What’s a marketer to do? The next month is a prime selling window for nearly every brand so sitting it out isn’t really an option. There needs to be a recognition, however, that the noise level is at jet-engine levels and something needs to help your marketing efforts get noticed. If you’re thinking that moving to social channels is the answer, it’s probably not. Sure, it might be easier to get in front of the customer but, as a McKinsey study stated:

E-mail remains a significantly more effective way to acquire customers than social media—nearly 40 times that of Facebook and Twitter combined. That’s because 91 percent of all US consumers still use e-mail daily,1and the rate at which e-mails prompt purchases is not only estimated to be at least three times that of social media, but the average order value is also 17 percent higher.2

I’d suggest avoiding the flood as best you can. Start your holiday season in early November (or maybe even late October if you can avoid the Halloween noise) by teasing offers to come. Get your customers in the mood to buy. Who wouldn’t want to have their holiday shopping done early? Obviously, if you’re not checking your outbound mail across every platform to be sure it renders properly you’re committing marketing suicide. Responsive design is a must!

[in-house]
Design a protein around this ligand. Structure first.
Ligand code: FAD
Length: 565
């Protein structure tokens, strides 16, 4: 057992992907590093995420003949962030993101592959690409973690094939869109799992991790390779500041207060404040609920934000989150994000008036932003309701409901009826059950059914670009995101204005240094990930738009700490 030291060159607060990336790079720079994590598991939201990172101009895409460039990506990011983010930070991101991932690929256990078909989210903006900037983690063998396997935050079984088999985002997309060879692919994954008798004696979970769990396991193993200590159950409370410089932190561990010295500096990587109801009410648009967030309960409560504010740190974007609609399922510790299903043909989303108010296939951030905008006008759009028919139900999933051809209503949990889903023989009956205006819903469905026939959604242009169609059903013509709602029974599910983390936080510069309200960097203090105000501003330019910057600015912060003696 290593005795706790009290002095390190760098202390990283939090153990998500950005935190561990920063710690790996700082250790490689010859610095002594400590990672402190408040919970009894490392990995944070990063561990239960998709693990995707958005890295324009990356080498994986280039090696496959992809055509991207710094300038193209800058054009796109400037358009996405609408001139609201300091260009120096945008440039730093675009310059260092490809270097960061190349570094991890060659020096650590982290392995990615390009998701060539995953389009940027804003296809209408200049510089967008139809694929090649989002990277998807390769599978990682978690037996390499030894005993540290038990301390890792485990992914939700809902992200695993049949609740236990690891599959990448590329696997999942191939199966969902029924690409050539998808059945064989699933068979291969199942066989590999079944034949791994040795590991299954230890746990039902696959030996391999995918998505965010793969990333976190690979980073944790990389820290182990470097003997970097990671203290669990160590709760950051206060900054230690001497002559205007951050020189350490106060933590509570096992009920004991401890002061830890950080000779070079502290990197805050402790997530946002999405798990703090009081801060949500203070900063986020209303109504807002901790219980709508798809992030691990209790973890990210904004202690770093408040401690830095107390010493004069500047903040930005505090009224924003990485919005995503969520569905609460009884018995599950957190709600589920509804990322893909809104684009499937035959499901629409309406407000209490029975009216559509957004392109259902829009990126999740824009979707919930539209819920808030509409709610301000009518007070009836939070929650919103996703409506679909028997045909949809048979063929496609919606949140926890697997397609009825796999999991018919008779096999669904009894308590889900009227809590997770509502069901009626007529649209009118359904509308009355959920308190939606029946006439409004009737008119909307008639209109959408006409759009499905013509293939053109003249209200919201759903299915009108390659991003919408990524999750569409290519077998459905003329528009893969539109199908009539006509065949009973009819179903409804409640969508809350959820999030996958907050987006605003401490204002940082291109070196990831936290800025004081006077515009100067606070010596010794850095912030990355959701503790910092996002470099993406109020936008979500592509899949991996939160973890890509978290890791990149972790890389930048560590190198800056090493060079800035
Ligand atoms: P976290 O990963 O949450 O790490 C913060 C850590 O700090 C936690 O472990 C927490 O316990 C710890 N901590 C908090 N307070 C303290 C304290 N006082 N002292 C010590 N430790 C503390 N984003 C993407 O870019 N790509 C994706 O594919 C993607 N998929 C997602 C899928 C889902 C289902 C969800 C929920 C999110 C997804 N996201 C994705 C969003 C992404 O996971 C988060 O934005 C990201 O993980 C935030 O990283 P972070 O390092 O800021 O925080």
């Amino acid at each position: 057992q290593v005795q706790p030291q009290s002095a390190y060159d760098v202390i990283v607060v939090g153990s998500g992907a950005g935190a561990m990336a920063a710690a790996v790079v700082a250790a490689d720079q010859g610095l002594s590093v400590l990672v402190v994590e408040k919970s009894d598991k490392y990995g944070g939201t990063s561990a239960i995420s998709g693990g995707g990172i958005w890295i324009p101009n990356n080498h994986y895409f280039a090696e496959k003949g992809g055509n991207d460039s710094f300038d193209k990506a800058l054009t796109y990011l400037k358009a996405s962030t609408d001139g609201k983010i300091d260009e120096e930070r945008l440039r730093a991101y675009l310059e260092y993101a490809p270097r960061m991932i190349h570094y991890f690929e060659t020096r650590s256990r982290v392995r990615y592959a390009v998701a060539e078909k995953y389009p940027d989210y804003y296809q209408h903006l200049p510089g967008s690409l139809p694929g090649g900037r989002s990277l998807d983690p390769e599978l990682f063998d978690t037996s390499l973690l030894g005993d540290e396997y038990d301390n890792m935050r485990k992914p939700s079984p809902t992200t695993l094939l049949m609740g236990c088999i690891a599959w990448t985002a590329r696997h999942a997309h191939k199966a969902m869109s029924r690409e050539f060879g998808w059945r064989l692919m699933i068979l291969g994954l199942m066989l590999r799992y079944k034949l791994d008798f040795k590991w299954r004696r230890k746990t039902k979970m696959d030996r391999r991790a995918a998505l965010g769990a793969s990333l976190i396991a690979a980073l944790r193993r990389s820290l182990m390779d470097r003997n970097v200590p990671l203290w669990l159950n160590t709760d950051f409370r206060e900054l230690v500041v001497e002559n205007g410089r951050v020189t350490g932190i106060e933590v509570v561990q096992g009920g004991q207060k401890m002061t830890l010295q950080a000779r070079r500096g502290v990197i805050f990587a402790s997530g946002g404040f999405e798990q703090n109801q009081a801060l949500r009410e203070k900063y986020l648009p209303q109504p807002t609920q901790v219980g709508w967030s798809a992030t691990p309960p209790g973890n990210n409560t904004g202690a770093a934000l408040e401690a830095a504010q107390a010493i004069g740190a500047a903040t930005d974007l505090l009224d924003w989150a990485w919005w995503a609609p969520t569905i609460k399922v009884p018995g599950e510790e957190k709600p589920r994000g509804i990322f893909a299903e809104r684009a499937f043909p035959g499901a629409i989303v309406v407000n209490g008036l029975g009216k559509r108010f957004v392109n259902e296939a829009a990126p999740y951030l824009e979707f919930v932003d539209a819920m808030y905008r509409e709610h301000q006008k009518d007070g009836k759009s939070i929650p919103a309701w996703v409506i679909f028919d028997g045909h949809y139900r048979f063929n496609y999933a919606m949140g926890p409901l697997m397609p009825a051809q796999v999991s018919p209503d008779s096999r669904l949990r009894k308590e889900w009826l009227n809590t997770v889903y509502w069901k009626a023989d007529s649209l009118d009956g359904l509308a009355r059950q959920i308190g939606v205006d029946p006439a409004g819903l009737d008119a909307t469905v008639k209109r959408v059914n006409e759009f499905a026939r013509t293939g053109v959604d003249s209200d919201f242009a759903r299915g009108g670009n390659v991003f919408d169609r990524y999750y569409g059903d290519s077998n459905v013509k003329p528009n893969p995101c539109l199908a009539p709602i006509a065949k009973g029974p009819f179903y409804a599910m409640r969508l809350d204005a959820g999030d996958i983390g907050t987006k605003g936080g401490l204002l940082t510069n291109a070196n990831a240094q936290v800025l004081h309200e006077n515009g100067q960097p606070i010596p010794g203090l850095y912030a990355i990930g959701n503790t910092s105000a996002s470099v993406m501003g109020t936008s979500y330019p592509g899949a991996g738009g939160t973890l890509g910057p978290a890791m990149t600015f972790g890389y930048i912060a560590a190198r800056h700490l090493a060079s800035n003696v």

Finally, go local and get personal. Whatever you can do to tailor your messages to each location and/or each customer will greatly increase your conversion rates. I’m always surprised when I get what is obviously a generic email when even minimal segmentation would get me to read it. There are dozens of retargeting technologies out there. Speak as if you were at a cocktail party – one to one – and not with a bullhorn.

To paraphrase The Boss, have you thrown your marketing to the war, or did you lose it in the flood?

Leave a comment

Filed under Consulting, digital media, What's Going On

This is a week for friends and family as we approach the Thanksgiving holiday. Most of what’s being advertised, based on my narrow sample of one, are cars and drugs. Admittedly, my viewing tends towards news and live sports with a smattering of public TV shows and other entertainment. I scroll through the commercials in the latter category but I can still get a sense of what’s being marketed.